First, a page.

Why I Chose Cardiology

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I was drawn to the field of cardiology since early childhood. During summer vacation in the rural Republic of Georgia when I was 14 years old, I witnessed my grandfather having a heart attack. We were extremely close and it was one of the most stressful moments of my life. To this day, I vividly remember the feeling of relief when the ambulance finally arrived and rushed him off to receive a life-saving intervention (the cardiologist was a woman). At that moment, my interest in medicine was born and I wanted to help patients and their families.

I was privileged to join the cardiology service at Mayo Clinic and Emory University Hospital for clinical rotations while I attended medical school in the country of Georgia. I was constantly amazed by complex cardiology procedures and groundbreaking research projects, and realized that the field of cardiology was my passion. It was also never a question to reconsider my decision of pursuing cardiology simply because I was female. During residency, the bulk of my scholarly activity was focused on an exciting project to develop an atrial fibrillation detection algorithm using photo plethysmography signal from a wristband, as well as other projects focused on this arrhythmia. These activities sparked a strong interest in the field of electrophysiology and medical innovation. I was lucky to have both exceptional male and female mentors throughout residency such as Amit D. Shah, MD, PhD, FACC; Laurence S. Sperling, MD, FACC; Gina P. Lundberg, MD, FACC; and Arshed A. Quyyumi, MD, FACC, who constantly supported my academic and clinical growth.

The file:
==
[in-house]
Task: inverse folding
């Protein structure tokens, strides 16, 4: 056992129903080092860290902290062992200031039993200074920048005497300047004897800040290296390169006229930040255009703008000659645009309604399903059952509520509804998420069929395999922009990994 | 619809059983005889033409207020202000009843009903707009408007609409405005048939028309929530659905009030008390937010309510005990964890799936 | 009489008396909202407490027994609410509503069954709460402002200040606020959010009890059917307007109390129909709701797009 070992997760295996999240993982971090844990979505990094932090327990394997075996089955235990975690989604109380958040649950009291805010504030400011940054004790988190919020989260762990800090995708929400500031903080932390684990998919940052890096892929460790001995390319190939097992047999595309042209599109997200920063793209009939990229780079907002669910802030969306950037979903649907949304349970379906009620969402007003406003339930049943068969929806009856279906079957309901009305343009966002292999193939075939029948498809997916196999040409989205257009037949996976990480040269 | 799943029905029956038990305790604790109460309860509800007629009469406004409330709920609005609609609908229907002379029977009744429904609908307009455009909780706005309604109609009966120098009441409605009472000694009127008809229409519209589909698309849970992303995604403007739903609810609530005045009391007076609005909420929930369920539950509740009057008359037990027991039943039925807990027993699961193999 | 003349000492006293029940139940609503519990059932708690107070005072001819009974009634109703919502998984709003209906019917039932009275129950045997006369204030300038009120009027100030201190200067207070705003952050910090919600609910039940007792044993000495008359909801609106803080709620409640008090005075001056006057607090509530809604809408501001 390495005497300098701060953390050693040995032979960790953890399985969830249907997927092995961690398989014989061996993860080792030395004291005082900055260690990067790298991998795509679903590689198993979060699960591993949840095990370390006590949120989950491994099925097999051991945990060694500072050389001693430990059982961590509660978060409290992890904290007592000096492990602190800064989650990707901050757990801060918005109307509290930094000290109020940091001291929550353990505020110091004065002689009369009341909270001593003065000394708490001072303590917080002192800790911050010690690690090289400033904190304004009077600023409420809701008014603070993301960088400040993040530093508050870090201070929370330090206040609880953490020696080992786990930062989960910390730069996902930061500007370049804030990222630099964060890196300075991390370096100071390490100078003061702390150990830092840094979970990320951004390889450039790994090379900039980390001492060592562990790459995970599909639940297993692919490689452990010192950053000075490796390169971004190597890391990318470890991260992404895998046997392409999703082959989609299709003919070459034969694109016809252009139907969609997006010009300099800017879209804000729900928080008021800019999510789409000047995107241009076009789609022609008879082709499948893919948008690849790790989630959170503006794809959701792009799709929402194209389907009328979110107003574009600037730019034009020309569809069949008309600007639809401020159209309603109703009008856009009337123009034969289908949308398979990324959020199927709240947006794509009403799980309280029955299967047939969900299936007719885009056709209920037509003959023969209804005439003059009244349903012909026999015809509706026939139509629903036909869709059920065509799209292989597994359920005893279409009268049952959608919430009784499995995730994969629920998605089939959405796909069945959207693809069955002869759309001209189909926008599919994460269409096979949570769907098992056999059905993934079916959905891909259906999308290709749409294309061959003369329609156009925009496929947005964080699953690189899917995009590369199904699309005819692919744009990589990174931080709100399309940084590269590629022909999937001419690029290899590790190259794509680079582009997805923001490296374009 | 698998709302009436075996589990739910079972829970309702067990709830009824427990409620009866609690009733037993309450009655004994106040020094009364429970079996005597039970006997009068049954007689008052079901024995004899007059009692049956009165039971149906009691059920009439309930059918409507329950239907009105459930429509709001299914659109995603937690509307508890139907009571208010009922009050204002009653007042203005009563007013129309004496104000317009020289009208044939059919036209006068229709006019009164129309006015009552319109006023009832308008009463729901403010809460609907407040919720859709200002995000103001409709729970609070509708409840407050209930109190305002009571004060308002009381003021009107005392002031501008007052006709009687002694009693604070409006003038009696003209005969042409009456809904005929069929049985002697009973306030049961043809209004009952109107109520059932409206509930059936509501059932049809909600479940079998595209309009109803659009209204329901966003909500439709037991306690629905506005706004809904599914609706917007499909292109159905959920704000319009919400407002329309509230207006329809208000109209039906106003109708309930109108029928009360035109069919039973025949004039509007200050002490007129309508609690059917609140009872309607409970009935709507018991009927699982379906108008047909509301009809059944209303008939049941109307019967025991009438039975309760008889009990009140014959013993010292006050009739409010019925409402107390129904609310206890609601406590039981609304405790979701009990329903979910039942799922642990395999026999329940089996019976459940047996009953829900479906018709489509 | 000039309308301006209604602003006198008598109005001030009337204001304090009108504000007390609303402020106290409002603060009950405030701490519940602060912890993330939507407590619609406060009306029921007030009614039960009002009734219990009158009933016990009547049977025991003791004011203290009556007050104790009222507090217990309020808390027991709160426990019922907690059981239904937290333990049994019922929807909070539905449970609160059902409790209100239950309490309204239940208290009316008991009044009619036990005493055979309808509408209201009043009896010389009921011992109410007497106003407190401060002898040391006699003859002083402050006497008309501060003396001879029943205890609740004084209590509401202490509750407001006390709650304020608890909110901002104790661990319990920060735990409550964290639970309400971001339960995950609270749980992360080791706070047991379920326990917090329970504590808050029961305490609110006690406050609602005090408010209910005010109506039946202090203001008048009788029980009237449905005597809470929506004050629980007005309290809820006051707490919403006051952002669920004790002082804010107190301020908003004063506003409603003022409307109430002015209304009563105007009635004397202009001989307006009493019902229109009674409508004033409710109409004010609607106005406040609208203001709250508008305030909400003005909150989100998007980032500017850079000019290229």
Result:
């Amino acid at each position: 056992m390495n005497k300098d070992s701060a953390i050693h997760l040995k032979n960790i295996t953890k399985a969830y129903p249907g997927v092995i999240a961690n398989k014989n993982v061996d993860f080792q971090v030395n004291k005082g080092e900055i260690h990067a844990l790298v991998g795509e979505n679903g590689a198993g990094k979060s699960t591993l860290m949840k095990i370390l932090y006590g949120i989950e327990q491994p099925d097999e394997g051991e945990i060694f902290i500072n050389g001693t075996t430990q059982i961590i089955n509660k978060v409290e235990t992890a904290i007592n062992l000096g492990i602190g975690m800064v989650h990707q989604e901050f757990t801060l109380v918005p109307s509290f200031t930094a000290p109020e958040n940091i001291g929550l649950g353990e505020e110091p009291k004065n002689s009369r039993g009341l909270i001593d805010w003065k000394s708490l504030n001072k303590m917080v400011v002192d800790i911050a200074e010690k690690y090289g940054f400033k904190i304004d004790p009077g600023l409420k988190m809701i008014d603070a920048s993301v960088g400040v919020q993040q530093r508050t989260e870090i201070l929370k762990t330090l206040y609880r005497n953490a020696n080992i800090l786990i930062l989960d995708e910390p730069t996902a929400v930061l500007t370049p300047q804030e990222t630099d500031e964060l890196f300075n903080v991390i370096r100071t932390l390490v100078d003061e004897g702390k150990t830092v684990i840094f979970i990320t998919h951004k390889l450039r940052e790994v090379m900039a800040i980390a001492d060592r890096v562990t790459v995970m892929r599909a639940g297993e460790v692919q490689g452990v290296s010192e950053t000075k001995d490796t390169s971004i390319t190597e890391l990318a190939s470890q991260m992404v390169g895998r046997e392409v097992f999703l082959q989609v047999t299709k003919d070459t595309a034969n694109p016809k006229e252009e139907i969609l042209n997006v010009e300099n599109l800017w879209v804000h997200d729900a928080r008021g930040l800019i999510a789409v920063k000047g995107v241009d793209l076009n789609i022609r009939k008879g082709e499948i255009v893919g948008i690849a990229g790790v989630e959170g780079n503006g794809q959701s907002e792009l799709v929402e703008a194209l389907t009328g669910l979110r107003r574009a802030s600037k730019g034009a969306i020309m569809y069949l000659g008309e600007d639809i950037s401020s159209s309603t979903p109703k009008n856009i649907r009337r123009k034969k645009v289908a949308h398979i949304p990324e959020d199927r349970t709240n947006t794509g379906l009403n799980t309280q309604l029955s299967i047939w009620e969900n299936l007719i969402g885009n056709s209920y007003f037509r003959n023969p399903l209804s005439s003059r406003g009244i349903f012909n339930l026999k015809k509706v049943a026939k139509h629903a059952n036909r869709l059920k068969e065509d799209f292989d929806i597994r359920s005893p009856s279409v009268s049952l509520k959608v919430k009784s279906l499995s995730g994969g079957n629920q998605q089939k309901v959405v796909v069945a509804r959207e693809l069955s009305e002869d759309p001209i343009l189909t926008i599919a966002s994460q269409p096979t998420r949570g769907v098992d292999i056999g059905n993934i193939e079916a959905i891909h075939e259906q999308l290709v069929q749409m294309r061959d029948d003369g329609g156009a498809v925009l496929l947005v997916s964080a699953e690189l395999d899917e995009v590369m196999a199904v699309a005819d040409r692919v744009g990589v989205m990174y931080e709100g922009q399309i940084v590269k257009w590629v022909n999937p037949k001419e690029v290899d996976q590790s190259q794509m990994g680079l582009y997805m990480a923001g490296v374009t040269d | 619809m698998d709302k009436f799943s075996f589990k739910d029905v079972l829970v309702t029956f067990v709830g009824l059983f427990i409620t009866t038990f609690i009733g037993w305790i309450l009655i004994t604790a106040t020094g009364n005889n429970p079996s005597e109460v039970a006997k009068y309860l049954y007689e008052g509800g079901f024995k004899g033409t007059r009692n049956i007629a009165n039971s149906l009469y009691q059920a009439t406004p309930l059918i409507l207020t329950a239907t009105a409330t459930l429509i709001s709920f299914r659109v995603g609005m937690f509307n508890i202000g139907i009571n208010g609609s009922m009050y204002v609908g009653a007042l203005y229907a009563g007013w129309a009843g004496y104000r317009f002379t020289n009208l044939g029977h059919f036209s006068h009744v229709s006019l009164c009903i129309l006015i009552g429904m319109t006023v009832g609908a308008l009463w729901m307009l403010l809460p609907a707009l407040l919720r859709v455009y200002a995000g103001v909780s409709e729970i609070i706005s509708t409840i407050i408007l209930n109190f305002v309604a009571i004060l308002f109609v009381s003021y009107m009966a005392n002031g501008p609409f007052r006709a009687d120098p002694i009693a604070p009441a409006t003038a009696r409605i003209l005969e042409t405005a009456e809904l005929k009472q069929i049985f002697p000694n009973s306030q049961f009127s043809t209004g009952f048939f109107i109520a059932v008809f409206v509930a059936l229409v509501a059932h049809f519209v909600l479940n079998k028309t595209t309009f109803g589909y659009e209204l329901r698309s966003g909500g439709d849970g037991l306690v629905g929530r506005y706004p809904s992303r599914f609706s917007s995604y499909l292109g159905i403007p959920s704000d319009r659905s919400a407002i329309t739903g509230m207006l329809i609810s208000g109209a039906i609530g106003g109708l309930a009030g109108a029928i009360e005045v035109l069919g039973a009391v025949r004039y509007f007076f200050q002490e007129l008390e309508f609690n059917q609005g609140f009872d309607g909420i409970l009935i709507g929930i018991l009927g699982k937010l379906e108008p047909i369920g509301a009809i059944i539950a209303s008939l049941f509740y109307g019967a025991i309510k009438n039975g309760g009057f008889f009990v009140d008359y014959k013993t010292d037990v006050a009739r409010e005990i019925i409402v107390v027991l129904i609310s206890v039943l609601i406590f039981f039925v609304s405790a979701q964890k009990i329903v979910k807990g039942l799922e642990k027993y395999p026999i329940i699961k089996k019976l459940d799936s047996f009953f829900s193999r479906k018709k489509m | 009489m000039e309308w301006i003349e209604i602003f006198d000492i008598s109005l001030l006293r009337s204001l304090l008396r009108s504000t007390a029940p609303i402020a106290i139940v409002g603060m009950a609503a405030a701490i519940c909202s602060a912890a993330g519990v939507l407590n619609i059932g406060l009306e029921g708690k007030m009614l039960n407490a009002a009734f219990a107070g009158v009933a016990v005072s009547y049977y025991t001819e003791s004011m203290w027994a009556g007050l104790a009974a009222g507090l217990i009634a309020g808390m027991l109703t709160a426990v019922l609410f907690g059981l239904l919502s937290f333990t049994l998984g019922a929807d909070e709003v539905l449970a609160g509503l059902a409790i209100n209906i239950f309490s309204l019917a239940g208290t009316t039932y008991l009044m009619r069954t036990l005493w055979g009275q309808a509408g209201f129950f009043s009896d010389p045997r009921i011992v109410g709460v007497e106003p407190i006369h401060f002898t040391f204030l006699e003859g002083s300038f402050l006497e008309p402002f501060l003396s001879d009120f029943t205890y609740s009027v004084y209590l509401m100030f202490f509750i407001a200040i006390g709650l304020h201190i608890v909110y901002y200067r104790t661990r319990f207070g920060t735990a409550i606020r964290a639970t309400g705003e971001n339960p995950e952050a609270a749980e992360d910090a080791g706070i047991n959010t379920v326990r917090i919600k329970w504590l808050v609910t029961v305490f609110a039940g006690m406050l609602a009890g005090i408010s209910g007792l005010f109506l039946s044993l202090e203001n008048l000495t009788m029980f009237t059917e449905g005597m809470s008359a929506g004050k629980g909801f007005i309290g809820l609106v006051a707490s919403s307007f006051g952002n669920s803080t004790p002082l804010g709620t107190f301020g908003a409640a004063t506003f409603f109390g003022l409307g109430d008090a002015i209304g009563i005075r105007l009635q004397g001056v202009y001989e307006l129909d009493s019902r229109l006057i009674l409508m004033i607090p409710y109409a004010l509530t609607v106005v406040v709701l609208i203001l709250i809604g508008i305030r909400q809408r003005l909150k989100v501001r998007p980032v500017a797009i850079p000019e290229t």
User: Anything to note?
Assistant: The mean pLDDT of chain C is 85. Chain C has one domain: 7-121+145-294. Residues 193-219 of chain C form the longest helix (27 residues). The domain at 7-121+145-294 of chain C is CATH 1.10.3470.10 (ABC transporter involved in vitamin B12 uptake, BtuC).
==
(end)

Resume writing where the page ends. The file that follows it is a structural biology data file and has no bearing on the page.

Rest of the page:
When I shared my enthusiasm for cardiology and especially electrophysiology with my colleagues, I was warned that I would face many challenges to achieving a good work-life balance because I am a woman. To excel in a specific field, it is crucial to put effort and time into your goal; this comes at a higher price for women. I am married to a physician, and unfortunately we have to live apart in different states for few years in order to follow our passions. My goals are to serve as a role model and mentor for generations to come, help overcome internal and external barriers that prevent women from pursuing cardiology, and contribute to the field of cardiology though the scholarly activity.

This article was authored by Nino Isakadze, MD, Fellow in Training (FIT) at Johns Hopkins Hospital in Baltimore, MD.

This article is part of the ACC WIC Section's #ChooseCardiology series, where women in residency, fellowship and early career are encouraged to share why they would choose cardiology again.